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Low-Thrust Optimal Escape Trajectories from Lagrangian Point L2 of the Earth-Moon System

Mattia Vento

Low-Thrust Optimal Escape Trajectories from Lagrangian Point L2 of the Earth-Moon System.

Rel. Lorenzo Casalino. Politecnico di Torino, Corso di laurea magistrale in Ingegneria Aerospaziale, 2023

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This thesis focuses on optimizing escape trajectories from the Lagrangian point of the Earth-Moon system in a higher fidelity model using electric propulsion. Lagrangian points represent specific locations in space where objects placed there tend to remain stationary. At Lagrangian points, the gravitational attraction exerted by two massive bodies exactly balances the centripetal force necessary for a smaller object to move with them. These points are useful for spacecraft to minimize the amount of fuel consumption required to maintain their position. Therefore, the exploitation of these points has become of great interest for the future space missions. In fact, among many uses, it also allows a gateway to Deep Space exploration. Among the countless trajectory available for a specific mission, the ones that require minimal propellant while still satisfying all the other conditions have been employed to optimize scientific results and minimize the associated costs. To achieve this objective, this work addresses the optimization of escape trajectories using electric propulsion with the primary aim of reducing the amount of propellant required and, consequently, maximizing the payload mass. The optimization is achieved using an indirect method based on the optimal control theory. This method transforms the challenge of minimizing propellant usage into a multipoint boundary value problem, which is resolved through an iterative single-shooting process based on Newton’s method. The case addressed in this work belongs to a particular subset of optimal control problems characterized by a discontinuous control law, known as “bang-bang”. An automated tool is used to handle numerical complexities and identify suitable preliminary solutions. The problems relating to the discontinuity of the thrust were addressed, along with the delicacies of the indirect method, which strongly depend on the initial conditions, such as the a priori definition of the thrust structure. Pontryagin’s Maximum Principle allows for adjusting suboptimal solutions when the thrust structure violates them in certain trajectories arcs. The dynamical model encompasses the gravitational influences of four celestial bodies, whereby the spacecraft is influenced by the gravitational forces of the Earth, Moon and Sun. This model relies on JPL’s ephemerides to account for the evolution of the positions of these celestial bodies over time. It also includes solar radiation pressure, the lunisolar gravitational effect and a spherical harmonic model for the Earth as perturbative additional effects. The complex gravitational interactions between the Sun, Earth and Moon dictate the trajectory dynamics near the starting point, i.e. the Lagrangian Point L2. In this highly complex framework, the optimal trajectory is sought among the sub-optimal ones, differentiating the various solutions from each other. In particular, this work focuses on the Earth-Moon system, which presents more complexities related to the Moon's motion of revolution. First, a scenario is analyzed in which the departure date is varied along a whole lunar period maintaining fixed escape time and free terminal energy. Successively, specific dates among them are selected, and the escape durations is varied, still with free terminal energy. Lastly, a more complex analysis is carried out by fixing the terminal energy and letting the escape duration be free.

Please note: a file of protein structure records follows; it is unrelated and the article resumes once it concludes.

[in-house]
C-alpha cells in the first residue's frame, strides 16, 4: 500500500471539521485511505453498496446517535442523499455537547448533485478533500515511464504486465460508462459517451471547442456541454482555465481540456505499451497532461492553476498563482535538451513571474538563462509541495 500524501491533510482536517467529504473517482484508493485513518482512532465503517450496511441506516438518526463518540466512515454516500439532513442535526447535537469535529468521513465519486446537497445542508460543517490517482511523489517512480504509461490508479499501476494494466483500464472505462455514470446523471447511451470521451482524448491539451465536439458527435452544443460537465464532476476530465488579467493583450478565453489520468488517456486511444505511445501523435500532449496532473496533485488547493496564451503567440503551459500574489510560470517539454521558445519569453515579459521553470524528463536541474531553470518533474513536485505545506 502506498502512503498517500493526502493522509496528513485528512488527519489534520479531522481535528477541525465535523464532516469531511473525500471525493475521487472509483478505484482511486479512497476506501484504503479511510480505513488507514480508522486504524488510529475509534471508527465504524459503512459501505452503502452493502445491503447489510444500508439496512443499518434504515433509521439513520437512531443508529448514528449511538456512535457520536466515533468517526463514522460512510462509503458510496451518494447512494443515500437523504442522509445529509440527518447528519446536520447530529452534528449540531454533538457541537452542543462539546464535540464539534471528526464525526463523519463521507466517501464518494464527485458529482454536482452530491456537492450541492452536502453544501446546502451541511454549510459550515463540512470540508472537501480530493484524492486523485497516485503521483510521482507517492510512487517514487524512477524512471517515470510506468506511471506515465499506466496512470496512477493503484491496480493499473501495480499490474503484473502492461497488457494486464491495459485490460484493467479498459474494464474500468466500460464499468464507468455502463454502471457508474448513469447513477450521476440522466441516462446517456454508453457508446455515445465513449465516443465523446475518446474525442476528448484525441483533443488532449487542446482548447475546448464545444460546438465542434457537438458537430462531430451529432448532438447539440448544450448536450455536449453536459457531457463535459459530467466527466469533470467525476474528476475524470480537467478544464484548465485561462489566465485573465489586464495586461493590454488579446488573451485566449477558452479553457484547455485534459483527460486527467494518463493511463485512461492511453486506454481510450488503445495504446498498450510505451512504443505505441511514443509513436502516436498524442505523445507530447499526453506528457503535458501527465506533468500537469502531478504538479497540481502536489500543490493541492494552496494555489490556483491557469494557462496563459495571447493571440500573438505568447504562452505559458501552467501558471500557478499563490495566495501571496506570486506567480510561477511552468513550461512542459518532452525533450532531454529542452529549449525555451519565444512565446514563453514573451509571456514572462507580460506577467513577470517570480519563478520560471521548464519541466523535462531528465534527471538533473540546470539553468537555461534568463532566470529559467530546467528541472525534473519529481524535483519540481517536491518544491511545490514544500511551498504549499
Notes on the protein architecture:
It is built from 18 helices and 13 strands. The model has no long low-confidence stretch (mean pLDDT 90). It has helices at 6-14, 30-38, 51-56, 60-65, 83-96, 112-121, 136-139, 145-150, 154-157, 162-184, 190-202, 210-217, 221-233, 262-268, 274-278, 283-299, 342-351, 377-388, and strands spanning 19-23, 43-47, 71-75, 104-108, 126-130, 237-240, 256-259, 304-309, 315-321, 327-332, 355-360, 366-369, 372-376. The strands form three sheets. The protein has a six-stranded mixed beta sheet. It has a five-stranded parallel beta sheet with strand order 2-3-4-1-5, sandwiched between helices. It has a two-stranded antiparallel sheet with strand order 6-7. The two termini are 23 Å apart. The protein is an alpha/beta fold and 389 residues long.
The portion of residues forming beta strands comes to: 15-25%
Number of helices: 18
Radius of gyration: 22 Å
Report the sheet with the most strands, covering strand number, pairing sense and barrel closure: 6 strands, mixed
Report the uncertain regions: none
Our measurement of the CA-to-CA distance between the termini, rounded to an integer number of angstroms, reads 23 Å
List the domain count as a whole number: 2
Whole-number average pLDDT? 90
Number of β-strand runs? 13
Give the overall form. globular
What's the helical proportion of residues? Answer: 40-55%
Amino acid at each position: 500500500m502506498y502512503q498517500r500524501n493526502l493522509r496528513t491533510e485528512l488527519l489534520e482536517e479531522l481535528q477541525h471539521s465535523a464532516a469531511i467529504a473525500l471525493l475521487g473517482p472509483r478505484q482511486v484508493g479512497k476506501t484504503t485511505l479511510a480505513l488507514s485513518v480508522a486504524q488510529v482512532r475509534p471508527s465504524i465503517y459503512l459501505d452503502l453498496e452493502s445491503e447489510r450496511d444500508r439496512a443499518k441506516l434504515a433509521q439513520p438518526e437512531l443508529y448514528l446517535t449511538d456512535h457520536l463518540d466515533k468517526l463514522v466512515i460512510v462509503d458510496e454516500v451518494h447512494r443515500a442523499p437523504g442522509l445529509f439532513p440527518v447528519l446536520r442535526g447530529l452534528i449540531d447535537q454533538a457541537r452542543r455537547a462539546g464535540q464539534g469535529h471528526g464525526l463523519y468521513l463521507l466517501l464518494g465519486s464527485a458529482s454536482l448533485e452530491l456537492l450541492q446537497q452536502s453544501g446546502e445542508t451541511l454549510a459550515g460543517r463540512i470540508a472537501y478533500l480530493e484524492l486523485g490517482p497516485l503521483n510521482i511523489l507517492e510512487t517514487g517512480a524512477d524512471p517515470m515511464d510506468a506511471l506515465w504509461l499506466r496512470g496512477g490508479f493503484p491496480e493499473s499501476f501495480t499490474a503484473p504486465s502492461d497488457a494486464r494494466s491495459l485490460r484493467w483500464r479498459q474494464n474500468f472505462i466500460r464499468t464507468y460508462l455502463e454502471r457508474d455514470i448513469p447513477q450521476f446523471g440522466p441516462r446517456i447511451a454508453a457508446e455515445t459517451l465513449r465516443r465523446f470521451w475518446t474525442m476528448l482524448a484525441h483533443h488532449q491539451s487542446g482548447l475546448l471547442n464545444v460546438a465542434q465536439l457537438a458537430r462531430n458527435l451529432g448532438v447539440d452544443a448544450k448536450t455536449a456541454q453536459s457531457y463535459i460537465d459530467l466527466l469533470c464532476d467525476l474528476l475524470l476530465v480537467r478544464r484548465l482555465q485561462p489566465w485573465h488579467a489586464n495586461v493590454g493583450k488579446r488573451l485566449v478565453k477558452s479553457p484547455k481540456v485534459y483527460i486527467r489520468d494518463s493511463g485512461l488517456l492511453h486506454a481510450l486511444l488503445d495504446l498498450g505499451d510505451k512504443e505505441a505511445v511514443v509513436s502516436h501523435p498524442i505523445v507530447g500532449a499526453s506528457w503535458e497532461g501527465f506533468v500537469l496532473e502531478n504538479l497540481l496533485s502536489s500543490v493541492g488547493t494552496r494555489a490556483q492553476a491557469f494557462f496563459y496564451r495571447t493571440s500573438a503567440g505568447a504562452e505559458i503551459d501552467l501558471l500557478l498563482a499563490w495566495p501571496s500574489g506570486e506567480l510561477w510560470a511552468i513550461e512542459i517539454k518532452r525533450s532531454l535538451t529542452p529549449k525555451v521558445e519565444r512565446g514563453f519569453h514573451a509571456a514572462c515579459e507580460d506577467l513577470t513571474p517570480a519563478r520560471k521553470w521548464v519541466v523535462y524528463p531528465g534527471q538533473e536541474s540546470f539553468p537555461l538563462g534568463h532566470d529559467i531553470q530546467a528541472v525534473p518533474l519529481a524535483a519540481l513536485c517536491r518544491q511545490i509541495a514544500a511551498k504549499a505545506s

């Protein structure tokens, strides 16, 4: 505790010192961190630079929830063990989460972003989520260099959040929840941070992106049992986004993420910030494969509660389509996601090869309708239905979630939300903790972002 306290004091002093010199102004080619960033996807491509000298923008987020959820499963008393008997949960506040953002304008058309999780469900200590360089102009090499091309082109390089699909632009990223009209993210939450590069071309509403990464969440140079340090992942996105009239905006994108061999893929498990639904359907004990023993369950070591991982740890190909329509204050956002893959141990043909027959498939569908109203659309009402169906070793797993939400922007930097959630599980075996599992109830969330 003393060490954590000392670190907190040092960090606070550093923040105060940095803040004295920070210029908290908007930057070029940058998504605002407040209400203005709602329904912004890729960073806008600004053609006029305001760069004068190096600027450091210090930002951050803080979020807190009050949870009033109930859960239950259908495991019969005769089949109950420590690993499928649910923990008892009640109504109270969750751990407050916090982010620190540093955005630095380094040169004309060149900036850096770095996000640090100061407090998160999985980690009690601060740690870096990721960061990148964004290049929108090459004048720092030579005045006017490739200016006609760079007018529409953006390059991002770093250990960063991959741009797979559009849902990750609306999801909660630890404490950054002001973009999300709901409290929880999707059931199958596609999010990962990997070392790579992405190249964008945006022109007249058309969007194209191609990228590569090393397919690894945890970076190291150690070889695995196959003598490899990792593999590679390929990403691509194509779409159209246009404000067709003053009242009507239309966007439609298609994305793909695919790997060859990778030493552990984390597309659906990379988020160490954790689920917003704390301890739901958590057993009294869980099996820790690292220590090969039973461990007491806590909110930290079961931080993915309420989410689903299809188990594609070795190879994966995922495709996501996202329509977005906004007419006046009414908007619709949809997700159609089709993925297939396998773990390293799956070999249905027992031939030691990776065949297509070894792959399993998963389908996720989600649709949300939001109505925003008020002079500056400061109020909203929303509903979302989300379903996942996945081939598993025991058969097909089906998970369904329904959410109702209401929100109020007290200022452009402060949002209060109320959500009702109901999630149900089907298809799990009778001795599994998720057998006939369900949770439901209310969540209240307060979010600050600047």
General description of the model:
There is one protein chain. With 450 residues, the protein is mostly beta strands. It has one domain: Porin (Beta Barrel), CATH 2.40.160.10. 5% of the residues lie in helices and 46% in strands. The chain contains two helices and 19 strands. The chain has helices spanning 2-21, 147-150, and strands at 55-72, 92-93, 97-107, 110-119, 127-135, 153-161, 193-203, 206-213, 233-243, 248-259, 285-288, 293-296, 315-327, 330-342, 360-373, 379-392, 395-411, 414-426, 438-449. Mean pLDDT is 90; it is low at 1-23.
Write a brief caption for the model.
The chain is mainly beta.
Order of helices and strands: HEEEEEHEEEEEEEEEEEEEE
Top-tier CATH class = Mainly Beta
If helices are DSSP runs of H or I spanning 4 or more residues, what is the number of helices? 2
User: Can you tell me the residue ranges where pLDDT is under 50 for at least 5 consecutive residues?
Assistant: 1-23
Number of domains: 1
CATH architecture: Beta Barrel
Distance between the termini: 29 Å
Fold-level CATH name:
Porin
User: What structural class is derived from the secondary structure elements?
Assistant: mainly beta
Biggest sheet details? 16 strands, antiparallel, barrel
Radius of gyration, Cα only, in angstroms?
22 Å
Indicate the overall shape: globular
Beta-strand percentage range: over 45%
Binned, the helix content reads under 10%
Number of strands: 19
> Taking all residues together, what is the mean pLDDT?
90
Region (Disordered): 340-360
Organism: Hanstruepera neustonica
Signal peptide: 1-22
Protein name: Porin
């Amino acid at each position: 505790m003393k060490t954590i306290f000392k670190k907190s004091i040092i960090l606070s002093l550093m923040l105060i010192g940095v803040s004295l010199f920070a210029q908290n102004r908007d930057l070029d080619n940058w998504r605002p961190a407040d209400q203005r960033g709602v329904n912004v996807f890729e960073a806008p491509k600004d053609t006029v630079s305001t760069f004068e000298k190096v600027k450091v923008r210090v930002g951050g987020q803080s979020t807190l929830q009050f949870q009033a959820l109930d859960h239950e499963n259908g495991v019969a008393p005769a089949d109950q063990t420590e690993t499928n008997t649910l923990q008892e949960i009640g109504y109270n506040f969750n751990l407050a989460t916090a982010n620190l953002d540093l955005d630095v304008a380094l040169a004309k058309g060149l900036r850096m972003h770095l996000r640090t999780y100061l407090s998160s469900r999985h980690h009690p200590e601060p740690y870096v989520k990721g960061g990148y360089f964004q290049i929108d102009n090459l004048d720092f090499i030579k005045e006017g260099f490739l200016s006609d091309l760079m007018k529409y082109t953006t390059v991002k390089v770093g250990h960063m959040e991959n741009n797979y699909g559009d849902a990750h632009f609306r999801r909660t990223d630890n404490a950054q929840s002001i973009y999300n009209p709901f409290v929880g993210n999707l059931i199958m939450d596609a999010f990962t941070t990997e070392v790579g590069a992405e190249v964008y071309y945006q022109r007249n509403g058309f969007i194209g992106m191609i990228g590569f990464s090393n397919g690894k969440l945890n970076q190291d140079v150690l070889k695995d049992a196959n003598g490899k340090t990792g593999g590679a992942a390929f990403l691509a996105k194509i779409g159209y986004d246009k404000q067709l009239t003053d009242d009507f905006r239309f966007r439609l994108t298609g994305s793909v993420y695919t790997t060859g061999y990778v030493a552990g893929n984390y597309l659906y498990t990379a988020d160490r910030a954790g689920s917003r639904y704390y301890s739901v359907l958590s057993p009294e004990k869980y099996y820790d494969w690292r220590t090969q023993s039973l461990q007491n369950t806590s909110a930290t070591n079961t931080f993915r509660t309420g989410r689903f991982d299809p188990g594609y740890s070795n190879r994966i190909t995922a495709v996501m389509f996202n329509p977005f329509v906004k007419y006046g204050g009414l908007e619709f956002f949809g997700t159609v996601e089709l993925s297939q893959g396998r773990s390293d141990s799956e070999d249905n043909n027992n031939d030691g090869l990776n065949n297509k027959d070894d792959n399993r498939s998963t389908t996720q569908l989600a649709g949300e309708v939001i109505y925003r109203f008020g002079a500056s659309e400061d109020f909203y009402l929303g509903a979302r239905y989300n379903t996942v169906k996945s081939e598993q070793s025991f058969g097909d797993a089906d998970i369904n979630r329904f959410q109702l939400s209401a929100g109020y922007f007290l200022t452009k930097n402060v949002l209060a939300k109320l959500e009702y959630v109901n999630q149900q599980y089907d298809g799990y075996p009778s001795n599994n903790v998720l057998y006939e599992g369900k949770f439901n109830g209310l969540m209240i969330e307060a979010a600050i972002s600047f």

Relators: Lorenzo Casalino
Academic year: 2023/24
Publication type: Electronic
Number of Pages: 100
Corso di laurea: Corso di laurea magistrale in Ingegneria Aerospaziale
Classe di laurea: New organization > Master science > LM-20 - AEROSPATIAL AND ASTRONAUTIC ENGINEERING
Aziende collaboratrici: UNSPECIFIED
URI: http://webthesis.biblio.polito.it/id/eprint/29573
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